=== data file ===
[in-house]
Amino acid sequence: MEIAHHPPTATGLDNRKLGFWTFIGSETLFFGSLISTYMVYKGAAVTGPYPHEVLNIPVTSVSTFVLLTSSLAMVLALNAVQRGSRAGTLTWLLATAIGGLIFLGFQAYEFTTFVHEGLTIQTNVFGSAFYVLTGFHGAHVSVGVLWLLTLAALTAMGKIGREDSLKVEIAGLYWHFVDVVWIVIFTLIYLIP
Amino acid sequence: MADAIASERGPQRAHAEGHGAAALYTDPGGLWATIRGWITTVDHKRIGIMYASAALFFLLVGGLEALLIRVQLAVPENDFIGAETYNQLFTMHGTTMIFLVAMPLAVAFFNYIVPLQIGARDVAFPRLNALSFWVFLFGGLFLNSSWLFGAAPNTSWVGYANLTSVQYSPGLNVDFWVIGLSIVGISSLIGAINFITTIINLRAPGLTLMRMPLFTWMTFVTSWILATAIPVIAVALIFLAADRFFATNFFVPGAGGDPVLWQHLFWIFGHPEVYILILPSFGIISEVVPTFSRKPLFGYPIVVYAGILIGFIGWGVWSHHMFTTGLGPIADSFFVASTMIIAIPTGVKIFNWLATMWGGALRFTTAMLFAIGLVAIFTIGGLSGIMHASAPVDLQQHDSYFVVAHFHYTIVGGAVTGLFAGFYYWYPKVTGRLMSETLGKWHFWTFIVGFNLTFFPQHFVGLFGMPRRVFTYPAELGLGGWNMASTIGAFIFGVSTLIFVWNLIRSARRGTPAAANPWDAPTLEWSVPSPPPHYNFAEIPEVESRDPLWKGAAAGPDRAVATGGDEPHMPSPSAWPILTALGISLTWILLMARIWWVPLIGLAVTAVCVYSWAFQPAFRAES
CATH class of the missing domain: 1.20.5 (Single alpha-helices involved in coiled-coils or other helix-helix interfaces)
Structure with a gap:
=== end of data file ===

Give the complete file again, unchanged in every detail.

[in-house]
Amino acid sequence: MEIAHHPPTATGLDNRKLGFWTFIGSETLFFGSLISTYMVYKGAAVTGPYPHEVLNIPVTSVSTFVLLTSSLAMVLALNAVQRGSRAGTLTWLLATAIGGLIFLGFQAYEFTTFVHEGLTIQTNVFGSAFYVLTGFHGAHVSVGVLWLLTLAALTAMGKIGREDSLKVEIAGLYWHFVDVVWIVIFTLIYLIP
Amino acid sequence: MADAIASERGPQRAHAEGHGAAALYTDPGGLWATIRGWITTVDHKRIGIMYASAALFFLLVGGLEALLIRVQLAVPENDFIGAETYNQLFTMHGTTMIFLVAMPLAVAFFNYIVPLQIGARDVAFPRLNALSFWVFLFGGLFLNSSWLFGAAPNTSWVGYANLTSVQYSPGLNVDFWVIGLSIVGISSLIGAINFITTIINLRAPGLTLMRMPLFTWMTFVTSWILATAIPVIAVALIFLAADRFFATNFFVPGAGGDPVLWQHLFWIFGHPEVYILILPSFGIISEVVPTFSRKPLFGYPIVVYAGILIGFIGWGVWSHHMFTTGLGPIADSFFVASTMIIAIPTGVKIFNWLATMWGGALRFTTAMLFAIGLVAIFTIGGLSGIMHASAPVDLQQHDSYFVVAHFHYTIVGGAVTGLFAGFYYWYPKVTGRLMSETLGKWHFWTFIVGFNLTFFPQHFVGLFGMPRRVFTYPAELGLGGWNMASTIGAFIFGVSTLIFVWNLIRSARRGTPAAANPWDAPTLEWSVPSPPPHYNFAEIPEVESRDPLWKGAAAGPDRAVATGGDEPHMPSPSAWPILTALGISLTWILLMARIWWVPLIGLAVTAVCVYSWAFQPAFRAES
CATH class of the missing domain: 1.20.5 (Single alpha-helices involved in coiled-coils or other helix-helix interfaces)
Structure with a gap: